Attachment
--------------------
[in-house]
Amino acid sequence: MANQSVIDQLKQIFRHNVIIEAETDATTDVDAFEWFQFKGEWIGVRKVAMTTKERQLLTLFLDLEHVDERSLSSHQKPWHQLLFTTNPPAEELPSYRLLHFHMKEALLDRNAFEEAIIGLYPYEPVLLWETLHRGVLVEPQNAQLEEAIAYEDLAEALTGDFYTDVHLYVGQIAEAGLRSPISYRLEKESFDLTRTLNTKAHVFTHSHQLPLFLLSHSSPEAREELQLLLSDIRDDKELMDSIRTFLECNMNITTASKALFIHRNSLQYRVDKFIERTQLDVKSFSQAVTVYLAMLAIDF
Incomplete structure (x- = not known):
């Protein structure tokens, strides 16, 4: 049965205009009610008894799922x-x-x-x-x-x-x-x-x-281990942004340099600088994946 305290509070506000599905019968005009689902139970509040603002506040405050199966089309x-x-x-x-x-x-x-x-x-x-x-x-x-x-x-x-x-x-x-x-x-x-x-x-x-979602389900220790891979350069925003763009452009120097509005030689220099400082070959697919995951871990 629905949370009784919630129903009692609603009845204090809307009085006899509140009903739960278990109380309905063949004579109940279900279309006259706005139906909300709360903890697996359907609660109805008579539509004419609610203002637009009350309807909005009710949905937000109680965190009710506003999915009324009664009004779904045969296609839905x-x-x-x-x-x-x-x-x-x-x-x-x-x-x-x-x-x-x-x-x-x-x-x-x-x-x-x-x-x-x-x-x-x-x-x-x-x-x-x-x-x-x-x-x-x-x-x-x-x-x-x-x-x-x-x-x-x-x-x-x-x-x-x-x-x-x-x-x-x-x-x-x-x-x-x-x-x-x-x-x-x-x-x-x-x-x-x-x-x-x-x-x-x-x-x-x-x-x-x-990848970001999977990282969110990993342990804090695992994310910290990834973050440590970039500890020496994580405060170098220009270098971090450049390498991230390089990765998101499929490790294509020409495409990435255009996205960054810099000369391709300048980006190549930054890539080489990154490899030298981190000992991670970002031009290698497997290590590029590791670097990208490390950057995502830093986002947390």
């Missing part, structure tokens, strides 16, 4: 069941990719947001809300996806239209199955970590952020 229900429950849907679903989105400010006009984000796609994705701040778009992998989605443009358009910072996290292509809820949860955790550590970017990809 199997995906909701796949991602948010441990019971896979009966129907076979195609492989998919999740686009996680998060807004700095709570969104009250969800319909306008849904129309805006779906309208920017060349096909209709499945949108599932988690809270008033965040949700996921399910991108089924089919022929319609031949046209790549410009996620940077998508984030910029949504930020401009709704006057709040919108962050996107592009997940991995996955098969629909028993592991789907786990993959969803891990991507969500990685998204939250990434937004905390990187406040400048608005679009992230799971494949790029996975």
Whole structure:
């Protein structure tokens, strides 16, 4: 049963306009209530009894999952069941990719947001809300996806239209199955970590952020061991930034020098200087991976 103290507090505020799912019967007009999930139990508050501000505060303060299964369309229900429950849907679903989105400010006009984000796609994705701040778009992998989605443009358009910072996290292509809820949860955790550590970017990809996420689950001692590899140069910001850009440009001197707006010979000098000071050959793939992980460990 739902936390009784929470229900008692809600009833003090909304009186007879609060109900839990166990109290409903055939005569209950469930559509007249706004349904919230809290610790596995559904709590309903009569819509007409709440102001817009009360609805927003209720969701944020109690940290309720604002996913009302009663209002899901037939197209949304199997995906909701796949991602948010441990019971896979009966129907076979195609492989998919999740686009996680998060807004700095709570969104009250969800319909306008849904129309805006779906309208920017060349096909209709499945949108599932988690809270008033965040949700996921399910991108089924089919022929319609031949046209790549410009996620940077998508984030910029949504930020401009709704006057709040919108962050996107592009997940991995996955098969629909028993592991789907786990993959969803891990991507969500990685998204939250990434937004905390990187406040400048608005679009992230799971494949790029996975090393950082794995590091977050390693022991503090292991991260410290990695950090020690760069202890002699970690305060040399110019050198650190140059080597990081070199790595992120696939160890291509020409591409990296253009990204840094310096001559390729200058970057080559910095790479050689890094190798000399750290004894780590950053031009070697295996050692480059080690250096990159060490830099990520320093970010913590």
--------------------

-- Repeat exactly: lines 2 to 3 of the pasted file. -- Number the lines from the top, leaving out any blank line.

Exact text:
Amino acid sequence: MANQSVIDQLKQIFRHNVIIEAETDATTDVDAFEWFQFKGEWIGVRKVAMTTKERQLLTLFLDLEHVDERSLSSHQKPWHQLLFTTNPPAEELPSYRLLHFHMKEALLDRNAFEEAIIGLYPYEPVLLWETLHRGVLVEPQNAQLEEAIAYEDLAEALTGDFYTDVHLYVGQIAEAGLRSPISYRLEKESFDLTRTLNTKAHVFTHSHQLPLFLLSHSSPEAREELQLLLSDIRDDKELMDSIRTFLECNMNITTASKALFIHRNSLQYRVDKFIERTQLDVKSFSQAVTVYLAMLAIDF
Incomplete structure (x- = not known):